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What Are Monerans?

A cell in the last stages of mitosis.
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  • Written By: T. Carrier
  • Edited By: John Allen
  • Last Modified Date: 20 March 2014
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Scientists often categorize both living and non-living things in order to better understand the world and its inhabitants. Living organisms may be grouped into kingdoms. Although no longer in use, the kingdom Moneran was long used as a classification for creatures with no nucleus. The single celled organisms in this kingdom were known as monerans, or prokaryotes.

The practice of grouping living organisms in biology is called taxonomy. In the 19th and most of the 20th centuries, scientists distinguished biological organisms as either plants, animals, or microscopic single-celled organisms that lay somewhere between the two. A scientist named Ernst Haeckel dubbed the latter group Protista, and included Monera as one of eight divisions in this grouping.

Monerans were differentiated from their counterparts by some significant differences. In most cells, a nucleus is the central life force. It guides the cell in food breakdown, growth, and reproduction. Monerans carry out these processes without the aid of a nucleus or other complex structures known as organelles. Rather, they rely on molecules found inside the cell.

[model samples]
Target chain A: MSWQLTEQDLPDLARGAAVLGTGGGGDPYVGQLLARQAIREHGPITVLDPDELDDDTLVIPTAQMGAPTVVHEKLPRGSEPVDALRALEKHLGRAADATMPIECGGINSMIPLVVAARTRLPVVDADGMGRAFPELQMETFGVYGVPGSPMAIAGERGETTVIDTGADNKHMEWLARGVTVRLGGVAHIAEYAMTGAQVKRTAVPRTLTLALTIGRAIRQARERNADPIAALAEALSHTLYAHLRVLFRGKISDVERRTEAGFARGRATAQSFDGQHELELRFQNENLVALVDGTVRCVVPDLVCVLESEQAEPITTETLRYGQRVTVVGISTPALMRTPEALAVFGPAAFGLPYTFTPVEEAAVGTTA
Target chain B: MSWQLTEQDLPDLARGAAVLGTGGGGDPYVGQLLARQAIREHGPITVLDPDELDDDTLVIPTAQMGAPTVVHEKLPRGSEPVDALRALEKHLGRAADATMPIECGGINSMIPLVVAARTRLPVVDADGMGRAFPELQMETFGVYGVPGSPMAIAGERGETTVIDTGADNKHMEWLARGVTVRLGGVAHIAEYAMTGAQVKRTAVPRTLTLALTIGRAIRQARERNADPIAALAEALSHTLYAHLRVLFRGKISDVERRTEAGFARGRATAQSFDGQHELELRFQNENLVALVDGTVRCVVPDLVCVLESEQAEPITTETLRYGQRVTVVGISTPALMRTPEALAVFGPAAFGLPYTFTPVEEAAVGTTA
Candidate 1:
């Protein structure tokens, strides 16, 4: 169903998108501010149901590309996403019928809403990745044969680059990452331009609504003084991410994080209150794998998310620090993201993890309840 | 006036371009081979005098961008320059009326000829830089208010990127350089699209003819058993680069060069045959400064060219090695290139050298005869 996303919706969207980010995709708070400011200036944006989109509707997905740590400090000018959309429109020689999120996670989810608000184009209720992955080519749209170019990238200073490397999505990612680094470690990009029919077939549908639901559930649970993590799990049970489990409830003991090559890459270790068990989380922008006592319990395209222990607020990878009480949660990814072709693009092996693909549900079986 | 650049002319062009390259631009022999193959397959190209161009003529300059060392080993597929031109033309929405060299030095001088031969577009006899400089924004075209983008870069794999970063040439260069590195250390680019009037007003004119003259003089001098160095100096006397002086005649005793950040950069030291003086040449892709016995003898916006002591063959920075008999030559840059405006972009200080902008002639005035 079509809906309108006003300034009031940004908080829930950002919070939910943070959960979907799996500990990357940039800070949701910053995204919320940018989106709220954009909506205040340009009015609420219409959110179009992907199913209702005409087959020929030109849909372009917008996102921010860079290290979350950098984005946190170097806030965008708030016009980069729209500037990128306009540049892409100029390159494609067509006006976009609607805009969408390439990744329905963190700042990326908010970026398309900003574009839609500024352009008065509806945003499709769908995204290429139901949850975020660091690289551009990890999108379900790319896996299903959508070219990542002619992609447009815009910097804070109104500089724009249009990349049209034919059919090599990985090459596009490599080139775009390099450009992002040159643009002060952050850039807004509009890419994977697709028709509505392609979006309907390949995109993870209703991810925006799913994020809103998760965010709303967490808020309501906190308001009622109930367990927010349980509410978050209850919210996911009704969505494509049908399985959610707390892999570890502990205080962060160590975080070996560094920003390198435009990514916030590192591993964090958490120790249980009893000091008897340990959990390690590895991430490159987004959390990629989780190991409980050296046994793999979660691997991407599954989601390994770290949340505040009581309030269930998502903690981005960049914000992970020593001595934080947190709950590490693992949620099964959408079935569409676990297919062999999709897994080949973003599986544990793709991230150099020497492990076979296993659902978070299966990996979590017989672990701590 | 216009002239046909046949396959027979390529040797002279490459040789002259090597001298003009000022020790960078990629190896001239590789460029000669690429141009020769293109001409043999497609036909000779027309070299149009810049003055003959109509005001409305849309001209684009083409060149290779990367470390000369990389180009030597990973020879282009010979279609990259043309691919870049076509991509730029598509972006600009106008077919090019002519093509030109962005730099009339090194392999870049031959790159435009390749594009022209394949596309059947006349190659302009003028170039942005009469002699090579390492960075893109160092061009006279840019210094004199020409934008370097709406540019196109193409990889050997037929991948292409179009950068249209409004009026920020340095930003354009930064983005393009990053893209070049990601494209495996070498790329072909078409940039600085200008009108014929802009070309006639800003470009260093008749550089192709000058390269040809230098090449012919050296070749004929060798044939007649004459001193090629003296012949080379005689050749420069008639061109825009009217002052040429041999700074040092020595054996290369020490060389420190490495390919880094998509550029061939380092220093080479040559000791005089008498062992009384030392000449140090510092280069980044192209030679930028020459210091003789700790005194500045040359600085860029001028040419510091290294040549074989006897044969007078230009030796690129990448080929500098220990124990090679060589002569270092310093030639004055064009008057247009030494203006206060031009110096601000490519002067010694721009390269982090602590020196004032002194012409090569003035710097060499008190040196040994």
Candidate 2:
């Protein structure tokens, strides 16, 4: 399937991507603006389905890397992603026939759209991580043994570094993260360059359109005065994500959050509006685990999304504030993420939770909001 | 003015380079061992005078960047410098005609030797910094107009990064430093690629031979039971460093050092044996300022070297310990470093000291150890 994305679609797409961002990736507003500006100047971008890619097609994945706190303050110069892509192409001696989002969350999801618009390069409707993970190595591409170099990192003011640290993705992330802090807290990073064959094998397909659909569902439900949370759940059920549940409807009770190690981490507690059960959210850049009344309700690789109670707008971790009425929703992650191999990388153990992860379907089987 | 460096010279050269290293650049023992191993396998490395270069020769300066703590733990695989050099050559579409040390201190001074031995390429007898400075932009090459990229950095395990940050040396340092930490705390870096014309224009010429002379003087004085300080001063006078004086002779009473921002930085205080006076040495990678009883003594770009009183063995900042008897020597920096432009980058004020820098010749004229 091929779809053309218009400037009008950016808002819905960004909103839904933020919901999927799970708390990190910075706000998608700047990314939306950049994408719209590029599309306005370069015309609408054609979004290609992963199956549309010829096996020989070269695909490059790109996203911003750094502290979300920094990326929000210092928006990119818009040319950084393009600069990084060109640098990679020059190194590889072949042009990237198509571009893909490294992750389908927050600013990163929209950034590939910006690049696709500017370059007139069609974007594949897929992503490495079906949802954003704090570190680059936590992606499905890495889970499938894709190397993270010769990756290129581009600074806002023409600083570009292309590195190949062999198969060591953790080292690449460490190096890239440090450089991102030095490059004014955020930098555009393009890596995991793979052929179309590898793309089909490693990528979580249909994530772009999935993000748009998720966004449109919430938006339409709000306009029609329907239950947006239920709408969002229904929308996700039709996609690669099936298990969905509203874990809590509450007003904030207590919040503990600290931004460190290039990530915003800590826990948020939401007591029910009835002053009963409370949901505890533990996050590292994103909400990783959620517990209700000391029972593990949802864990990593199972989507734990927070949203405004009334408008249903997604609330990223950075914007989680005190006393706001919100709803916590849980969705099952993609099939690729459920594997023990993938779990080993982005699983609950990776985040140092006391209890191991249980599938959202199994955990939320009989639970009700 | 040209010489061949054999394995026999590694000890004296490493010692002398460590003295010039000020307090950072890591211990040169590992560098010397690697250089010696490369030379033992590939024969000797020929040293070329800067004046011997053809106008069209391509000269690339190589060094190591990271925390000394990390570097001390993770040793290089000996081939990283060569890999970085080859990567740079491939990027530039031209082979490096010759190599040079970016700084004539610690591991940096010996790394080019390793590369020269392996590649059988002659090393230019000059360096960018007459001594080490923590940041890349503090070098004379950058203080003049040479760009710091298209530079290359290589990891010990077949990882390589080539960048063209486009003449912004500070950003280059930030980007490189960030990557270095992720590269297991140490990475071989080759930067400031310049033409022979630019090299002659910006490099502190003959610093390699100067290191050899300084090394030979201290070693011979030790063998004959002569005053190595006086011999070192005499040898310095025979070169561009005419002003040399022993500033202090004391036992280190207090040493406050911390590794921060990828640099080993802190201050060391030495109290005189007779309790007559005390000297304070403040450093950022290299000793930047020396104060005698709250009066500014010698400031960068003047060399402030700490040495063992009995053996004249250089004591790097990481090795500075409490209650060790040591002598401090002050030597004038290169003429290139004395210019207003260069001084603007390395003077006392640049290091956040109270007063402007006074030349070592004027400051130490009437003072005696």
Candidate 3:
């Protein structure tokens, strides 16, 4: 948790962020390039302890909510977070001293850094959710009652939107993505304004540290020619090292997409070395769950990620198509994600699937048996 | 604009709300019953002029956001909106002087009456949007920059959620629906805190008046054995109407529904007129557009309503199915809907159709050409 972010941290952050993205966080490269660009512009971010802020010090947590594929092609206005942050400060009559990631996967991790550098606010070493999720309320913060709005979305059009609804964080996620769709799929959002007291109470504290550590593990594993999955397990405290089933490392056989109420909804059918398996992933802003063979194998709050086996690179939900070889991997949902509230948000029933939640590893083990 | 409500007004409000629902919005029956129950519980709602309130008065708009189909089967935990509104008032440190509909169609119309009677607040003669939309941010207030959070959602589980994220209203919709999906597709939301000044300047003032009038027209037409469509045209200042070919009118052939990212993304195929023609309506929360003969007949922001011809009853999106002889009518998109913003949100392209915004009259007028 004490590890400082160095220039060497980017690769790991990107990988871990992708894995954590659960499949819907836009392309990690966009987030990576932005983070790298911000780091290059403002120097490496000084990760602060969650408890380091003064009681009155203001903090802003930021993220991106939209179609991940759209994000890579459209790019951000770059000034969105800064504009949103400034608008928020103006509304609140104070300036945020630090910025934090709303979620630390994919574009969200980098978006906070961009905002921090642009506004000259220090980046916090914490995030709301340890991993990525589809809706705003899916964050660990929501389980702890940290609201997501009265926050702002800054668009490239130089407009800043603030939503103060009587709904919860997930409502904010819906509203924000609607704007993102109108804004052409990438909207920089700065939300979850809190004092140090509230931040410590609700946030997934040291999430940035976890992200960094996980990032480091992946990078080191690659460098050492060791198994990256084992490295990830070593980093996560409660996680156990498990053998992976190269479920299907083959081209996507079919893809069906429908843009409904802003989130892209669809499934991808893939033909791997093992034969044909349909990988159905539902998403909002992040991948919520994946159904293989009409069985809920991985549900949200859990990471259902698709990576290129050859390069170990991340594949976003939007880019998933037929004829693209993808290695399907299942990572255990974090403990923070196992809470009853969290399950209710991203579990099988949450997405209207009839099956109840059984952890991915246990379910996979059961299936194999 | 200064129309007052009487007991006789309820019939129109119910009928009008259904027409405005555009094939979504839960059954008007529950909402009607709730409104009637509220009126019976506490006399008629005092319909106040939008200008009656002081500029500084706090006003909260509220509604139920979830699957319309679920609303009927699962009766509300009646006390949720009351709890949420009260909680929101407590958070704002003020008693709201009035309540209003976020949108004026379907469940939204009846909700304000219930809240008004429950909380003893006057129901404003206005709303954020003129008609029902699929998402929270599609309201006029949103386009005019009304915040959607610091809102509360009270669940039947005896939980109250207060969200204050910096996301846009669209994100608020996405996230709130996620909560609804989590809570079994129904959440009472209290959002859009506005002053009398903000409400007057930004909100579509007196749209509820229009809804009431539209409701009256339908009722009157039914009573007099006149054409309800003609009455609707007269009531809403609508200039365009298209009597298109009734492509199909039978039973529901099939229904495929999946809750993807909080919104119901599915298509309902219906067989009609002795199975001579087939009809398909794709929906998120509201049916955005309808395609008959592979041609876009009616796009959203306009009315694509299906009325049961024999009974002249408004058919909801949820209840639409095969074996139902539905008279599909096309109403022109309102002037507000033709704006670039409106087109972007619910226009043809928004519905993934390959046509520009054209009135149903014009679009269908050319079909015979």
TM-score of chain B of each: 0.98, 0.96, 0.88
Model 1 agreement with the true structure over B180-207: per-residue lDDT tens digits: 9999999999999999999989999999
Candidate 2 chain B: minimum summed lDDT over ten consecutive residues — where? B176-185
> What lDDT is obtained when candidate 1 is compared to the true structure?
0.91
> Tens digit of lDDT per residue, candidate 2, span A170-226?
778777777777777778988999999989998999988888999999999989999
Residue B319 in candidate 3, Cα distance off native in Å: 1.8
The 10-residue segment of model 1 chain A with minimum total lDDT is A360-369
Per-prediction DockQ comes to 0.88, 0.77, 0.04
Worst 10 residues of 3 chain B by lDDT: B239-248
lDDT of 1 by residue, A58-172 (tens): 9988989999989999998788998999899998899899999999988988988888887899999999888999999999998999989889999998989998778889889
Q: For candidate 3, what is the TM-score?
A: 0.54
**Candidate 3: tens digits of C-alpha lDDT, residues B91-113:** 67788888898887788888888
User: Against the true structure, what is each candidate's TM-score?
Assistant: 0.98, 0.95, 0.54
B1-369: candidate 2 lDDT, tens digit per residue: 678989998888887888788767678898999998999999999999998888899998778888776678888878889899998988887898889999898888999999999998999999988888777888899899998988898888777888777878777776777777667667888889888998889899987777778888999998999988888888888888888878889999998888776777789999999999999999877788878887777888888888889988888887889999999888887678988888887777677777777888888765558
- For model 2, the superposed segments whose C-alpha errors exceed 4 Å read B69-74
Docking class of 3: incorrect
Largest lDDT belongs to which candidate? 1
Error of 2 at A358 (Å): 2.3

These cells can survive on their own, although they may be found in clusters. The process of reproduction in monerans is also different, as they do not undergo cell mitosis like most other cells. Rather, they multiply via binary fission, or a simple splitting of the cell.

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Two further divisions distinguish monerans from each other: bacteria and cyanobacteria. Bacteria can be found almost everywhere in the world, and they survive by adhering to surfaces with a sticky cell wall and thus gaining food and moisture. These creatures are also highly durable, as they can survive in temperatures and conditions nearly uninhabitable to other living organisms. For example, they can breathe without the use of oxygen. Cyanobacteria, on the other hand, are more plant-like as they undergo photosynthesis and provide an important food source in the world’s oceans.

By the mid-20th century, scientists had separated the Moneran as a completely separate entity from Protista. In this new system, any single-celled organism lacking a nucleus was considered a Moneran whereas any similar organism with complex enclosed nucleus structures — or organelles — retained the Protista name. Animalae, Plantae, and Fungi rounded out this five-kingdom system of classification.

In 1991, a new system of taxonomy gained general recognition among the scientific community. Under this new system, the kingdom Monera was discarded in favor of two separate groupings: archaea and bacteria. While most scientists accepted this new system, a few holdouts have retained the old system.

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